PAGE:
Ticket policy sounds familiarIt is with some amusement...

Letters

April 04, 1999

Ticket policy sounds familiar

It is with some amusement that I heard some commentators complain about Fidel Castro's policy of distributing tickets to the Orioles-Cuba exhibition game by invitation only, thus depriving the average Cuban baseball fan of attending the game. Apparently, those who were offended by the policy are laboring under the misapprehension that tickets are distributed in a more democratic manner here in Baltimore.

Anyone who has had the good fortune to attend an Opening Day, All-Star or playoff game at Camden Yards will tell you that the assemblage at such events is disproportionately composed of the Washington "Chablis and suspenders" crowd. The average Baltimore fan who contributes to the Orioles' continuous regular-season sellouts has no chance of getting decent seats to one of those games.

The Orioles have long made a practice of reserving seats to these special games for the corporate and political elite who generally have no allegiance to the Orioles, Baltimore or even the game of baseball. To these "fans," the game is nothing more than a prime opportunity for networking.

In an effort to explain the uncharacteristically quite crowd at Latin American Stadium, The Sun reported that "government officials and business owners had scarfed up almost every ticket."

Sound familiar?

John J. Thomas, Lutherville

Ignorance of Cuba cited

Last week's letter from John R. Baerwald Jr., to whom I concede a certain degree of education since he identified himself as a Marine, reflects the rampant ignorance and lack of interest of the average American regarding matters of Cuba. This is why it is not surprising to me that after two years as a security guard in Havana, he never learned that "have" is translated as "hay" and not "aye" as he asserts.

The writer accuses the president of Cuba, Fidel Castro, of "depriving his people of the basic enjoyments of life." Many people, myself included, believe that the real enjoyments of life are free education, free health care and free housing, which Castro has conquered even facing close to four decades of economic blockage from the so-called free world.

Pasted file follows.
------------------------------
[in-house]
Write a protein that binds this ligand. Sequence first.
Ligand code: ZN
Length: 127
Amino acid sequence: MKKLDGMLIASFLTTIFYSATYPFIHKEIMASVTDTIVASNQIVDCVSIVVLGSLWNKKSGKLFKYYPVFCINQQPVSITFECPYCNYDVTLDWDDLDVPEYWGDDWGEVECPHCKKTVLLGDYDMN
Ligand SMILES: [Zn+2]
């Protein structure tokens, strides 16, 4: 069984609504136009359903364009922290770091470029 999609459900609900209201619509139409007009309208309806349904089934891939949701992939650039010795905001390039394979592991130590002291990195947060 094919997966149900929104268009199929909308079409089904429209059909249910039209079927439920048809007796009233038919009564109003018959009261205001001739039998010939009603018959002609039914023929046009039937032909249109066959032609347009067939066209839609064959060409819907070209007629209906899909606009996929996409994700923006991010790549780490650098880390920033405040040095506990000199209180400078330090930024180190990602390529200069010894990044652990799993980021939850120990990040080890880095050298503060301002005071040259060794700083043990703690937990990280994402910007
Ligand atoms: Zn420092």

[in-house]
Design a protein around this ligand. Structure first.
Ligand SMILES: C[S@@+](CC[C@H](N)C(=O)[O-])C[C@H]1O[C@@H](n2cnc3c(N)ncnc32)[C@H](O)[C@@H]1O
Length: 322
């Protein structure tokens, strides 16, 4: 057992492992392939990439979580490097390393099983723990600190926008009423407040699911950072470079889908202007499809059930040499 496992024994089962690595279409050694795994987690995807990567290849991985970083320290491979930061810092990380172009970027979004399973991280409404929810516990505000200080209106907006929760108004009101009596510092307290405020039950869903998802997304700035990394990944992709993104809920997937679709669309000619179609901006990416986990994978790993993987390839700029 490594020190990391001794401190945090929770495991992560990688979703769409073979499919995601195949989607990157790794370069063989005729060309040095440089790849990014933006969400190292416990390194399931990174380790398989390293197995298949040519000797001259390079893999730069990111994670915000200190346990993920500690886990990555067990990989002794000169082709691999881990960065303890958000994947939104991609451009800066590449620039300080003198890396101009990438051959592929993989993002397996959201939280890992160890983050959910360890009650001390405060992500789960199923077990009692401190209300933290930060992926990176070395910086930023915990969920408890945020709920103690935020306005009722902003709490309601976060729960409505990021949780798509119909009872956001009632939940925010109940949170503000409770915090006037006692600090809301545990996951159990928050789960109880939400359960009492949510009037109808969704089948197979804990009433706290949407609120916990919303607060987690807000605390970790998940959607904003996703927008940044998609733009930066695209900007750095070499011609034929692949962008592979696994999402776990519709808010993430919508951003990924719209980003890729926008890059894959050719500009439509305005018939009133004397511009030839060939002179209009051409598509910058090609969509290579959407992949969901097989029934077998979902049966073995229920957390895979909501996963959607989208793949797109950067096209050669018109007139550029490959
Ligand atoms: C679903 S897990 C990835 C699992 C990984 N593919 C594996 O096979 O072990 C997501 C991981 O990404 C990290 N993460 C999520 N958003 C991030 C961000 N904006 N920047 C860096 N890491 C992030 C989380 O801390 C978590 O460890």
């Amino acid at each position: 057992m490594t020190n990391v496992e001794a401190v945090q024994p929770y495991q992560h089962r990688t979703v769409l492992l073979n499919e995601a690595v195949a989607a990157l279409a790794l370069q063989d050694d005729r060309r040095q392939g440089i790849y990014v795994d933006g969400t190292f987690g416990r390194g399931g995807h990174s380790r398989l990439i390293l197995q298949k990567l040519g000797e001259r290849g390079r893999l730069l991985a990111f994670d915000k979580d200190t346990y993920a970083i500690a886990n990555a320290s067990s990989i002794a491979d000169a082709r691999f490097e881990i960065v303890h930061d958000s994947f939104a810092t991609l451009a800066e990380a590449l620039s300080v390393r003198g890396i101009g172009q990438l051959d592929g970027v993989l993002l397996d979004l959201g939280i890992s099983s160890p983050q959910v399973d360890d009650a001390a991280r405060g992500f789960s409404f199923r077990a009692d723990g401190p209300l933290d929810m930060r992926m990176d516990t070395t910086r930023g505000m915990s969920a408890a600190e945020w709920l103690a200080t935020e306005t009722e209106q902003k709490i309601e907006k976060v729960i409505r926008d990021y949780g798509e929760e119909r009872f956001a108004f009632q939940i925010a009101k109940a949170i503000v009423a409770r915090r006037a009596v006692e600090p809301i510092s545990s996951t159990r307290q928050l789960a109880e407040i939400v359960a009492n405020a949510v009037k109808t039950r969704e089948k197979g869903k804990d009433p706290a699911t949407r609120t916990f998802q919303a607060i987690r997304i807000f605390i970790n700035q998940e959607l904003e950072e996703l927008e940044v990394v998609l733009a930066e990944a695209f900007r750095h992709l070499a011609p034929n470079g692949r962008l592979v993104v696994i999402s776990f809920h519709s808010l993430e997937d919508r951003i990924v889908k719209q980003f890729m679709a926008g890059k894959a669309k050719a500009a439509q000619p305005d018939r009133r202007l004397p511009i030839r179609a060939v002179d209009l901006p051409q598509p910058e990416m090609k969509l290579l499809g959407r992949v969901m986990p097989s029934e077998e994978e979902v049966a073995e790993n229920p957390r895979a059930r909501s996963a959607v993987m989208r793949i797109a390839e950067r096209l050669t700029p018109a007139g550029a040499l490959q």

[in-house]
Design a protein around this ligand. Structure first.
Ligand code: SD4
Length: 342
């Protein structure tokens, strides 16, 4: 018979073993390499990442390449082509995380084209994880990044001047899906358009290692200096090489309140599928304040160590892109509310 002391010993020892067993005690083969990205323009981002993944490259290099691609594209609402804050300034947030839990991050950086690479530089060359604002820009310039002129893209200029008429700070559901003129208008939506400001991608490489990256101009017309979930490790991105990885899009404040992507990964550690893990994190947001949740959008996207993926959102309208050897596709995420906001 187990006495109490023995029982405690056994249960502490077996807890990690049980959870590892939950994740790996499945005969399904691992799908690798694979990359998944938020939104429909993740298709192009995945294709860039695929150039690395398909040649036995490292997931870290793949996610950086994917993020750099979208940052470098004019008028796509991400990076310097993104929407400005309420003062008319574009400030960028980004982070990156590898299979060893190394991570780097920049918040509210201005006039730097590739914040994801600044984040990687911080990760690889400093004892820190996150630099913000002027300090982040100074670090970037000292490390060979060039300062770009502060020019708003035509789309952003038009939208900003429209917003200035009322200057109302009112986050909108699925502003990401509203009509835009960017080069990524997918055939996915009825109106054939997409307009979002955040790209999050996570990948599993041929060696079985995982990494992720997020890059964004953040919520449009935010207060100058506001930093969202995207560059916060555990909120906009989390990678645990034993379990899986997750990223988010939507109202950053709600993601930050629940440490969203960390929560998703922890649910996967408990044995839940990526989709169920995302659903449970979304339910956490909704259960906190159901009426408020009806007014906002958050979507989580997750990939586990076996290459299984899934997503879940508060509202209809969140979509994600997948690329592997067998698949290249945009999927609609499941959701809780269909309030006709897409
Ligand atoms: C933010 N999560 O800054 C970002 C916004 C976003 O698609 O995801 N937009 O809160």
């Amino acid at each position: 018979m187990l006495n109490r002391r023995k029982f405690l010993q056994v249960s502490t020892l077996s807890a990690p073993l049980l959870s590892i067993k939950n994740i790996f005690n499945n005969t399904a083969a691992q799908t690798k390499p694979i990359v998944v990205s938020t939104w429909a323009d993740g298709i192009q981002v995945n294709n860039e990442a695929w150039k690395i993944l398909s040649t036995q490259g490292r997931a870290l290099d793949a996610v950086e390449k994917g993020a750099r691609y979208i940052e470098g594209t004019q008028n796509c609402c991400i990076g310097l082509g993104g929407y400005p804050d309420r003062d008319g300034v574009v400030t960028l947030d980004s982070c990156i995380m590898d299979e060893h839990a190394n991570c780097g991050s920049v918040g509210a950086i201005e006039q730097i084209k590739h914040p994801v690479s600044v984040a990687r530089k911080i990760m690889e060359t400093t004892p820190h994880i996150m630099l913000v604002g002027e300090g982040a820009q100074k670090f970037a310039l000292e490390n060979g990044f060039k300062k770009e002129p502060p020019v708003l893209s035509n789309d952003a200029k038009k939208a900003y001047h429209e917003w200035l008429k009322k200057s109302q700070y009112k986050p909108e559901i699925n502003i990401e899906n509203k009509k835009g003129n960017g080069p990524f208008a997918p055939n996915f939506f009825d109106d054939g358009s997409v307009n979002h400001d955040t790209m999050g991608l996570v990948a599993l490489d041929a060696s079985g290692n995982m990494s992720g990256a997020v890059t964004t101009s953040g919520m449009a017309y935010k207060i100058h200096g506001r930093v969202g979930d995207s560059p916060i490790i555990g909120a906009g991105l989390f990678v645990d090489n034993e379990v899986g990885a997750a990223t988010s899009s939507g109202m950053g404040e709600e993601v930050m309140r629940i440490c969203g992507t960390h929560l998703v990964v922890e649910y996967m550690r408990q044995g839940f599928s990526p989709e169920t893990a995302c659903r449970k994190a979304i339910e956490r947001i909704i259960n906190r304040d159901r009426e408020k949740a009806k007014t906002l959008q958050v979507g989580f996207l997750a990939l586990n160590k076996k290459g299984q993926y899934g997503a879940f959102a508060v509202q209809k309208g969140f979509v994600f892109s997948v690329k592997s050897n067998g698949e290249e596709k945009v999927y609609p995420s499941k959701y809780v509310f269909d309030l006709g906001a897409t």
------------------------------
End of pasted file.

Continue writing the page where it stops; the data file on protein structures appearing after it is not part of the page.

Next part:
As to seeing El Commandante "puffing on a cigar" the date of the game, President Castro gave up on his beloved and only pleasure many, many years ago, precisely due to the economic situation on our sister nation of Cuba.

Julio C. Novoa, Perry Hall

Terps always disappoint

Being a Maryland basketball fan is like rooting for golfer Greg Norman. On occasion it appears things are going well, but in the end, you can count on being thoroughly disappointed.

Maryland now competes with the best, but is this enough? While coach Gary Williams believes a trip to the Sweet 16 is a tremendous accomplishment, his stiffest competition (Duke and North Carolina) considers the Sweet 16 just one brief stop on the way to a much larger goal, a national championship.

Williams' inability to alter his game plan against more athletic teams, make players better from their first to last year (re: Exree Hipp, Duane Simpkins, Laron Profit), and, most importantly, convince those who play and coach for him that they belong among the elite programs in the country, will always result in disappointment for fans come March.

Dan Cahill, Lutherville

Thanks, Cal Sr., for memories

I stood in line for 1 hour, 20 minutes before paying my respects to Cal Ripken Sr., and every minute felt like a privilege.

I was surrounded by some of Cal's neighbors and many of his friends and co-workers, and everyone considered it a privilege just as I did. As Cal would say, "That's the O's way."

Inside the funeral home, the family couldn't have been more receptive. They greeted every single person with a stiff upper lip and a big, grateful thank you for coming.

I just want to say, Cal, thanks for the memories.

Maryann Pastore, Baltimore

Pub Date: 4/04/99

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